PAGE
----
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How long does it take a child to learn a foreign language?

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I am teaching dd Spanish this year, after a little exposure last year. She is 6.5 and in 1st grade. I know it takes a long time to master a foreign language, but how long? Did it take your kids till high school to feel confident in their 2nd language, or did it come sooner? I know all kids are different, but I'd really like some BTDT to help me get a better idea of how we are doing.


Also, how do you deal with different verb forms when a child is too young to conjugate even in English?


Thank you!

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If she's doing it for 15 minutes a day three times a week, it will take years. If you move to Spain, it would take her about a week. :001_smile:


Waldorf schools start languages in 1st with songs, rhymes and games. No conjugating til 4th or 5th.


If you want her to learn more, you need more exposure. The easiest way to get more exposure is to set your kid DVDs to play in Spanish. Most DVDs do have a Spanish option. Shorter ones she can play again and again are absorbed more quickly (think Sesame Street or Barney); longer ones (Disney) may be more palatable.


After having French and German (via songs and games) for 6 years and reading/writing a bit for 7th and 8th, most of them barely make it into French 2 in high school.

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FWIW, this is our experience:


Mandarin by immersion (living in China; Chinese housekeeper; mostly Chinese friends) - chatting within a few months and pretty much fluent (spoken) by the time we left four years later.


French by instruction: we have had about six months of instruction, two or three hours a week. Both boys can chat quite happily about simple things: names, ages, where they live, what they are wearing, what rooms there are in their house, what hobbies they have.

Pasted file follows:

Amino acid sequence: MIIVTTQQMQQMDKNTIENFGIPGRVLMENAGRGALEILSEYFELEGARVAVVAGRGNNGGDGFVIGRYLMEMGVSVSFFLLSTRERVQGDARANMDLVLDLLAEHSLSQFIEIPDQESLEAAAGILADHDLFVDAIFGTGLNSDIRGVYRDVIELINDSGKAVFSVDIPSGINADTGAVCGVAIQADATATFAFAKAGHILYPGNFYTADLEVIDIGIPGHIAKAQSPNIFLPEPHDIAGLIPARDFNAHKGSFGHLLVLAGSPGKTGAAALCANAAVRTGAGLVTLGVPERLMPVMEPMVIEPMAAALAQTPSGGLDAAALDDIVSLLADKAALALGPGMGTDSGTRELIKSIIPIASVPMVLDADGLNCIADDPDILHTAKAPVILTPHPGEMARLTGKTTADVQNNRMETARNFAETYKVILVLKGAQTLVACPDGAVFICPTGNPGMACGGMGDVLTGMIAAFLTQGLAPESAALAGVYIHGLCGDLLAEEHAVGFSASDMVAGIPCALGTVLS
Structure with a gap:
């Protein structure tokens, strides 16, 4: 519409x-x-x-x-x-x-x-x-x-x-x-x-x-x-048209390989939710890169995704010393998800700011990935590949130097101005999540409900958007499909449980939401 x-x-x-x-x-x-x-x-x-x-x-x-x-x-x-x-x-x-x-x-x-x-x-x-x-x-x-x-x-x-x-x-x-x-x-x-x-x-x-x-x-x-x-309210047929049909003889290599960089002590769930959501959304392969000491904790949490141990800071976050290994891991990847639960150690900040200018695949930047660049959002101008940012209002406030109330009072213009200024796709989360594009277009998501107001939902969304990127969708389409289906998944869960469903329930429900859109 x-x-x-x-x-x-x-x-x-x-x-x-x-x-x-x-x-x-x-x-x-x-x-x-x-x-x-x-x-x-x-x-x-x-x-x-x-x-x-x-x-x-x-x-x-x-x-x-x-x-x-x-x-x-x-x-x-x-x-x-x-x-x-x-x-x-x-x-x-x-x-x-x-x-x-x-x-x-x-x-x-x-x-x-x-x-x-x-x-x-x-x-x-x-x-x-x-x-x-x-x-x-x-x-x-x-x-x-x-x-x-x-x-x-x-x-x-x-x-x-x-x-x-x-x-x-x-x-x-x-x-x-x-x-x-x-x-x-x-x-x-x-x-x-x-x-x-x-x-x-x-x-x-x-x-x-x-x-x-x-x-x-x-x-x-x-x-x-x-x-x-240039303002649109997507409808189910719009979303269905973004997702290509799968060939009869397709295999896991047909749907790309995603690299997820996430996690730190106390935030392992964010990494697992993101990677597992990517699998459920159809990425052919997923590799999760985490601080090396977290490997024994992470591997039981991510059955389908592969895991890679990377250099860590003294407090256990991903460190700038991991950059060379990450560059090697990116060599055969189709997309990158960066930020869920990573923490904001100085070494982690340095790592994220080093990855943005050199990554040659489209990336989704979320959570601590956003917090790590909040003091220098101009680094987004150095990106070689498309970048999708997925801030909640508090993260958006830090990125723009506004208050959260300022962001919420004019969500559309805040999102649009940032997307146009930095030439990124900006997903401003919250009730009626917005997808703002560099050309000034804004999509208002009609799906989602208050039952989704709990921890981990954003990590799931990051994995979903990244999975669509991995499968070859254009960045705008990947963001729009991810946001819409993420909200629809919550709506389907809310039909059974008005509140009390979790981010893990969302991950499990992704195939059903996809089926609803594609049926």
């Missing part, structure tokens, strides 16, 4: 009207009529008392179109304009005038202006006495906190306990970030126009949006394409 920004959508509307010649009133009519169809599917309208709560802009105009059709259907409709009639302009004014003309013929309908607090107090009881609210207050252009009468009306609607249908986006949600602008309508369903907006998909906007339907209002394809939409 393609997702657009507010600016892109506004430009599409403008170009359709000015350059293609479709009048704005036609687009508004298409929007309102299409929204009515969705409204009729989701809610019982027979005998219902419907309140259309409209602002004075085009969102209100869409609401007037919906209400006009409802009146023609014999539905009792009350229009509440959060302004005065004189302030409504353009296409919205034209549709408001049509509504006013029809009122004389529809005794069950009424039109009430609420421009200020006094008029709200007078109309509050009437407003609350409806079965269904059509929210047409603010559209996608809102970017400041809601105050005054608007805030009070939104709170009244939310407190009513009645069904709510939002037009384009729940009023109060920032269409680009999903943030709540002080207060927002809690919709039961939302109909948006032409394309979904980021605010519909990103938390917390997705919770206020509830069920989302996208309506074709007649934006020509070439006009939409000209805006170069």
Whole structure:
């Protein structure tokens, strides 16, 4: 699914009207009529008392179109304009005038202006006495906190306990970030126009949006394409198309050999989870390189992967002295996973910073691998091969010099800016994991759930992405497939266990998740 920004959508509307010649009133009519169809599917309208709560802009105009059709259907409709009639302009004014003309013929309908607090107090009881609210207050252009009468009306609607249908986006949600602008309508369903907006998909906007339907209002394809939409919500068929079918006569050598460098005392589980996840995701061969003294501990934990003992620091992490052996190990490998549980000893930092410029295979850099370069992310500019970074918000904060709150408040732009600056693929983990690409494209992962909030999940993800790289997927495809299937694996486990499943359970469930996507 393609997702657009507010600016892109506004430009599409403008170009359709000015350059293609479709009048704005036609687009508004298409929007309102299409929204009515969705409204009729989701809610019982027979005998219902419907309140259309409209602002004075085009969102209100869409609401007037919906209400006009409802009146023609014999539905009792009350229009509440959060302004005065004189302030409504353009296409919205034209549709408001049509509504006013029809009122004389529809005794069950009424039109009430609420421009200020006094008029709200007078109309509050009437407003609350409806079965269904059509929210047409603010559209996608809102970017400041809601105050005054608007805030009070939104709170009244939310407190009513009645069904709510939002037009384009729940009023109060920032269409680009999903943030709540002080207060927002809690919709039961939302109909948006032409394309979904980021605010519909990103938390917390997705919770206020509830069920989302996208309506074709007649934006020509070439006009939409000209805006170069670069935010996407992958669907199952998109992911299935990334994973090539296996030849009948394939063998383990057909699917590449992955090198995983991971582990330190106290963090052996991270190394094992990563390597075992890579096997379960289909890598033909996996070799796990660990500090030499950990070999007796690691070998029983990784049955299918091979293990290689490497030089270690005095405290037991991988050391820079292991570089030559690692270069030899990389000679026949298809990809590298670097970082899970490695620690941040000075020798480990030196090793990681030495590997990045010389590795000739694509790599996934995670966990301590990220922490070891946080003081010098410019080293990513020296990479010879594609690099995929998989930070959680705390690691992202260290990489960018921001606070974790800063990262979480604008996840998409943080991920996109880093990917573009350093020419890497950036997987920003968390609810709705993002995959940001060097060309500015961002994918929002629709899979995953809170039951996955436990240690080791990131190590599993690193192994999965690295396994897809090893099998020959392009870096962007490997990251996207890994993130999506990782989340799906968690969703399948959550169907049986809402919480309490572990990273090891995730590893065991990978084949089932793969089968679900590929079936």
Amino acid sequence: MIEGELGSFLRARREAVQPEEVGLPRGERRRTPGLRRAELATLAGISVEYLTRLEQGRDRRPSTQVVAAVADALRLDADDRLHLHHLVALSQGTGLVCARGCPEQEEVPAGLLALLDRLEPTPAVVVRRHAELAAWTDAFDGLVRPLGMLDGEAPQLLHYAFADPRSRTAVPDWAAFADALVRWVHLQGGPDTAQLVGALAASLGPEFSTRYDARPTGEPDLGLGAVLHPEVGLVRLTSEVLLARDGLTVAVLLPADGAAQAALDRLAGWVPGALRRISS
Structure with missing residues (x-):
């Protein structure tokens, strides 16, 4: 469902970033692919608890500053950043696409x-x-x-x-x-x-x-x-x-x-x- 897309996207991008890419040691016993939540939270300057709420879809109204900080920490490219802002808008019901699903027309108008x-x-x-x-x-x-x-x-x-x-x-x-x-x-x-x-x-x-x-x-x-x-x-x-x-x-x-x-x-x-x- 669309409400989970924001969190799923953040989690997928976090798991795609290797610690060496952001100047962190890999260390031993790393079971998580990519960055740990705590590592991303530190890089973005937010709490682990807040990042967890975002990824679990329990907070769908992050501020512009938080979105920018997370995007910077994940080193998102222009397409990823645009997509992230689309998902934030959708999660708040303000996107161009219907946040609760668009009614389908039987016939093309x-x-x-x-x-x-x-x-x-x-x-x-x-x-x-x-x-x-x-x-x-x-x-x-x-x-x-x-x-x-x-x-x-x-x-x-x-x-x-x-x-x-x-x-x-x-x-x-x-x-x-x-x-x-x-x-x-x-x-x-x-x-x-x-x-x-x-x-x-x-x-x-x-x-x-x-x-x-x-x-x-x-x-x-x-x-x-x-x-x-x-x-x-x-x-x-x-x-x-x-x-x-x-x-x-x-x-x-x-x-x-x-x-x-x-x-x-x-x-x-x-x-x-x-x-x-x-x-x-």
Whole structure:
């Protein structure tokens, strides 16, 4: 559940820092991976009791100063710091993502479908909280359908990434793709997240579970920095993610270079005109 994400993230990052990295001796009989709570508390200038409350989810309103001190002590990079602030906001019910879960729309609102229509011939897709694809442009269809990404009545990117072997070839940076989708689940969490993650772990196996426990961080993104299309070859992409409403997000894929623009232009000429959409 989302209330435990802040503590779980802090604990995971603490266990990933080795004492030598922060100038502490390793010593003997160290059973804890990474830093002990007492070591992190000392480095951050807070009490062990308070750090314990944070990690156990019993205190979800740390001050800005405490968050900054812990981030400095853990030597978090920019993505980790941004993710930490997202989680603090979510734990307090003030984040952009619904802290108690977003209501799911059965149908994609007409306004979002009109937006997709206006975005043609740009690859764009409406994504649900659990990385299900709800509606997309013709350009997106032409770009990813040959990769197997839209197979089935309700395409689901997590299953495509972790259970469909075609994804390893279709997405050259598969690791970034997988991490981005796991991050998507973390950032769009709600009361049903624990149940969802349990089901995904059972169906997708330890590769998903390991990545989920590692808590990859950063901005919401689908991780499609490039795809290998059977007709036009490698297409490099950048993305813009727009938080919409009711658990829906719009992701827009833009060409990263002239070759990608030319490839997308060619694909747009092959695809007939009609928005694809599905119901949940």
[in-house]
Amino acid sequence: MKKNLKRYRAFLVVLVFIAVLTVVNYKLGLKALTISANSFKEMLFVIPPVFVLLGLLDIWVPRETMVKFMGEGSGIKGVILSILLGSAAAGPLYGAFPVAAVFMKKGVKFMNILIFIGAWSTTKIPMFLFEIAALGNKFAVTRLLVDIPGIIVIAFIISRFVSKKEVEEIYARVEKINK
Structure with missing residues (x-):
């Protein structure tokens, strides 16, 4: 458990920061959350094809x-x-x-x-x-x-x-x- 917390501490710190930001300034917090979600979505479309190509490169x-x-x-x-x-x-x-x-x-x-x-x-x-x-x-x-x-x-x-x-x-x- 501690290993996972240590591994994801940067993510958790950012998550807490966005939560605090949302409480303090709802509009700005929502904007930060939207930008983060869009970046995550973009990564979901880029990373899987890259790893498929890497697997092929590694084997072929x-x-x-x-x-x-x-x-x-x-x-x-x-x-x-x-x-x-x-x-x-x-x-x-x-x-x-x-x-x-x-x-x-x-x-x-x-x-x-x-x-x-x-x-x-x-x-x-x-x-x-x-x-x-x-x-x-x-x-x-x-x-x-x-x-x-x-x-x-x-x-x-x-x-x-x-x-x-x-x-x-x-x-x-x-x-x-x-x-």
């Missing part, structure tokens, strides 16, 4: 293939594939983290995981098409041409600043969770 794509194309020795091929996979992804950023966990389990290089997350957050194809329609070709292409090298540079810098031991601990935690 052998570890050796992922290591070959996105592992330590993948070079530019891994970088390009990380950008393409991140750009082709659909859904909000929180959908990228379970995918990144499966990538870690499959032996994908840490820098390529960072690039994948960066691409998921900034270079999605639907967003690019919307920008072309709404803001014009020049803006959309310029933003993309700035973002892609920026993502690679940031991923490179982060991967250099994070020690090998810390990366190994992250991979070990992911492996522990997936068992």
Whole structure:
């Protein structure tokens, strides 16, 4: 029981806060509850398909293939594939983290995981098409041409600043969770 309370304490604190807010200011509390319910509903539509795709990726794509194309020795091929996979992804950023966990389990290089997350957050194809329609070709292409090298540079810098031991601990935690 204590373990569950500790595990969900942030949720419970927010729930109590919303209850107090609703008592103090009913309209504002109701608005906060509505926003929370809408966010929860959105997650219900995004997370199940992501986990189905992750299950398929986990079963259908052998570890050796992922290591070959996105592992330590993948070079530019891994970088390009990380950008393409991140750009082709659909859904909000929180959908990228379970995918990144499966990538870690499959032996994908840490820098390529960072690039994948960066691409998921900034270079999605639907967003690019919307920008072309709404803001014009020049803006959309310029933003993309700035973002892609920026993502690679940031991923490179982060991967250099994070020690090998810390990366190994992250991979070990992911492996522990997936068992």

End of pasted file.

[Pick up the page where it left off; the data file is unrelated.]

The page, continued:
I learned French from age 11, then went on a French exchange at age 13 for two months in one year. At that point I was pretty fluent but needed to learn a much wider vocabulary.


Best wishes



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It really depends on what "fluency" is to you. To me, fluency is speaking as well as your native language, being able to completely understand all spoken communication (t.v., movies) and being able to read difficult works of literature or non-fiction. I'm not there yet. One of my profs at the Alliance Francaise, who is originally from Morocco but has lived and taught in the US for 9 years, says he still cannot understand many English language movies.


If you mean able to understand a newspaper, popular songs, make oneself understood in most daily contexts, my dd is there--we started with fun songs in 3rd grade, floundered in middle school (why I wrote my program) and moved to French in Action in 8th grade. She's done about 2/3 of French in Action now, and just began 10th grade.


Here's one scale for fluency http://french.about.com/library/weekly/aa072701b.htm


FSI used to have this rating for "Easy Languages" (French, German, Indonesian, Italian, Portuguese, Romanian, Spanish, Swahili): 240 hours, beginner; 480 hours, Limited working proficiency; 720 hours, Limited working proficiency +. I'm convinced that one of the reasons immersion has such rapid results for speaking is the sheer amount of hours one accumulates. In contrast, we spend about 4 hours a week on French, so you can see the difference in time invested.


However, as anyone with immigrant grandparents knows, speaking proficiency does not mean grammar or reading proficiency.


Learning a language is like learning math, not just algebra, KWIM? It's a multi-year, cumulative pursuit, and needs to be kept constantly in practice.


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